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Jefferson City Budget Committee adds $100,000 to sinking fund

Jefferson City Budget Committee adds $100,000 to sinking fund

August 17th, 2018 by Nicole Roberts in Local News

The John G. Christy Municipal Building in downtown Jefferson City is pictured in this Dec. 1, 2016 photo.

Photo by Shelby Kardell /News Tribune.

The Jefferson City Budget Committee will have to find a way to offset more than $110,000 in the fiscal year 2019 proposed budget before sending it to the Jefferson City Council for approval after it set aside money to the sinking fund.

The committee on Thursday unanimously approved putting $100,000 toward the city's sinking fund, which is an emergency fund that can also finance some capital improvements.

There is a large list of capital improvements, Ward 2 Councilman Rick Mihalevich said, and he wanted funds set aside to help put a dent in that list, as well as have funds in case of emergencies.

Originally, the budget committee voted down the item 5-3 when Mihalevich suggested cutting the gap financing fund in half to from $259,000 to $129,500. He proposed transferring $100,000 to the sinking fund, as well as having $29,500 to help offset items added to the mayor-approved budget.

The city would use the money from the gap financing to help fund the first phase of possible financial gaps as the Jefferson City Housing Authority works toward condemning properties in the East Capitol Avenue urban renewal zone.

Council members Ken Hussey, Mark Schreiber, Laura Ward, Erin Wiseman and Jon Hensley voted against the motion. Mihalevich and council members Rick Prather and Carlos Graham voted in favor of the original proposal. Council members David Kemna and Ron Fitzwater were not present.

The $259,000 is "well over the amount" the city needs for gap financing, Mihalevich said. The gap financing was set at $259,000 in case the Housing Authority received very little or no money from condemned homes, city staff told the City Council earlier this year.

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While they understood his concerns, council members said, they were worried it was premature to take money from that fund when the condemnation process is still progressing.

"This is an earmarked amount of money specifically to purchase and pay for litigation," Wiseman said. "We have spent a lot of money in attorney fees, and I don't want to shortchange this fund and then have to come up with this money from somewhere. I'd rather keep this earmarked for these (East) Capitol Avenue projects because I want to make sure we follow through and get this done."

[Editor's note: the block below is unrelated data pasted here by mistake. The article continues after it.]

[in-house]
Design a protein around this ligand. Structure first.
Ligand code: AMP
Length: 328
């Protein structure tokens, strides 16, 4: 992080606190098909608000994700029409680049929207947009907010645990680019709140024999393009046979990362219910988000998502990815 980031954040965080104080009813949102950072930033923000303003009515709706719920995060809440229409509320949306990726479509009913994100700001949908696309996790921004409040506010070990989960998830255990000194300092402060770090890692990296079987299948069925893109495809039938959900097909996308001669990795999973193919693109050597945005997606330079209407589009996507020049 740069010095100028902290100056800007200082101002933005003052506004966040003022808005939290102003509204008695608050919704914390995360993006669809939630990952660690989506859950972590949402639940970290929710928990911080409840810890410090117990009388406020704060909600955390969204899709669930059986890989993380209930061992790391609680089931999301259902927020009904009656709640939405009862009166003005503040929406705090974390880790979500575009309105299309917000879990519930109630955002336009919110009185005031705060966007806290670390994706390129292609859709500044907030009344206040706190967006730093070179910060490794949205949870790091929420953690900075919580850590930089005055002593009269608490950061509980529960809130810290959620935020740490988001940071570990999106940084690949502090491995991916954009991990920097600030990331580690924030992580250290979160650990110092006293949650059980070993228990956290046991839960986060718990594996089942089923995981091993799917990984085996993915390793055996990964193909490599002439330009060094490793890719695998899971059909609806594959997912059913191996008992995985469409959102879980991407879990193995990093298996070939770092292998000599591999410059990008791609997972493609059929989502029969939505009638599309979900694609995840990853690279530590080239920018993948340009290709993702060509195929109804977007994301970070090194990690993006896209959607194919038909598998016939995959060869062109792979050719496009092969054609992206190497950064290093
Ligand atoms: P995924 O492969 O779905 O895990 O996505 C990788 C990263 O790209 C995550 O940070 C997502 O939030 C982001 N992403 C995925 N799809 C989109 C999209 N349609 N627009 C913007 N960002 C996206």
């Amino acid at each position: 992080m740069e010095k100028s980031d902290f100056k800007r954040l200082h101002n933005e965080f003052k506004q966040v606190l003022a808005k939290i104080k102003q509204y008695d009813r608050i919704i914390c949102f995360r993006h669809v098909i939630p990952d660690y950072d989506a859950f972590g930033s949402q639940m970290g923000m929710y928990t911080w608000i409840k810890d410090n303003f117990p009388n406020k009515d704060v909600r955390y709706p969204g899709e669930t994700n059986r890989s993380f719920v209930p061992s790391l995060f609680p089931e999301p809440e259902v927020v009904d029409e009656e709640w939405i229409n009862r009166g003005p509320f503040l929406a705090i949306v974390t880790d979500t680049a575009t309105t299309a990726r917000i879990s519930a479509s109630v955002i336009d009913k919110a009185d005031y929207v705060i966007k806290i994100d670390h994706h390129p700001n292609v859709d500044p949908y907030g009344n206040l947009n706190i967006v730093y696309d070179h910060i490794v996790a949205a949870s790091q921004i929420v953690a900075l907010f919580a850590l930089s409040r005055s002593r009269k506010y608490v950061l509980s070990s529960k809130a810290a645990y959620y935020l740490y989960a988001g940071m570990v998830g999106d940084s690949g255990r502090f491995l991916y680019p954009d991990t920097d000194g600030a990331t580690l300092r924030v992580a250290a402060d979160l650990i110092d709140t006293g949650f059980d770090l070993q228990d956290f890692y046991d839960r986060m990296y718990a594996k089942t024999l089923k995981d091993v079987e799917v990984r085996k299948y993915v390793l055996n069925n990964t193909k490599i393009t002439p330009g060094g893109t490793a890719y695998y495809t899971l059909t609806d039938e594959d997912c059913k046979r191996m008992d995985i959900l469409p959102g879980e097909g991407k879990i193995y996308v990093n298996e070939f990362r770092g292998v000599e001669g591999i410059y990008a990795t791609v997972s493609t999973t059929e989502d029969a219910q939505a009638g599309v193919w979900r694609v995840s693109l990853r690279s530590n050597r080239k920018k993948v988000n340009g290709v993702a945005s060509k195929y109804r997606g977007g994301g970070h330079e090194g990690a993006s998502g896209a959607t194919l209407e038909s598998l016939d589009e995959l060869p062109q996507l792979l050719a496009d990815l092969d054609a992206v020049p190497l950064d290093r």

Jefferson City Mayor Carrie Tergin also suggested the committee speak with the Housing Authority before it approves slashing the gap financing fund because it could put the Housing Authority in an unwanted financial situation and "send the wrong message."

Mihalevich said he spoke with members of the Jefferson City Housing Authority Board of Commissioners, adding they did not seem alarmed if the city lowered the gap financing.

"We fully intend to pay for any liability, but the question is, 'What is our liability?'" Mihalevich said. "If you estimate our liability at $259,000, that's a figure that is with zero amount of return from the buildings. That's like assuming we're going to give away the buildings. I don't believe we have this exposure, and I think we will cover our costs.

"We're sending a different message if we're not going to fund our capital improvements and replacements of the needs of the city."

Mihalevich said he plans to come back to the Budget Committee next Thursday with possible ways to offset the $100,000 added to the FY2019 budget.

In past years, the city has set aside funds for the sinking fund.

The committee also approved funding a city-wide internship program, which was a pink sheet item requested for $18,300 from the Jefferson City Human Resources Department. Those funds would pay for five interns, who would receive $8.50 per hour for eight to 10 weeks, according to the pink sheet.

The internship has been funded previously, and the city has hired past interns. However, it was not funded in the 2019 mayor-approved budget.

"I think it's a great program, as are police cars, as are all the people and everything on that piece of paper," City Administrator Steve Crowell said. "It's just a matter of trying to prioritize it with the amount of dollars that are available."

To help offset the cost of the internship, the committee approved moving $5,000 from the nondepartmental miscellaneous items fund and $5,000 from the Missouri State Penitentiary fund. The nondepartmental miscellaneous fund had $10,000 and the MSP fund had $20,000 in the mayor-approved budget prior to the transfer.

"I think it's a valuable program," Hussey said. "Maybe through a little digging, we can only fund half that and have two or three interns. It's valuable for us as a community and city to have something like this, and it's valuable for our workforce because they get that internship experience."

The Budget Committee also removed two greenway line items from the Jefferson City Parks, Recreation and Forestry department budget as these items were typos. It also approved adding a program specialist to the budget for more than $50,000.

Once the committee approves a city budget, that budget will be presented to the City Council for a vote.

The overall proposed mayor-approved budget for FY2019 is $65,681,530, with more than $32.8 million in the projected general fund revenue budget. The total budget expenses are projected at $32.8 million.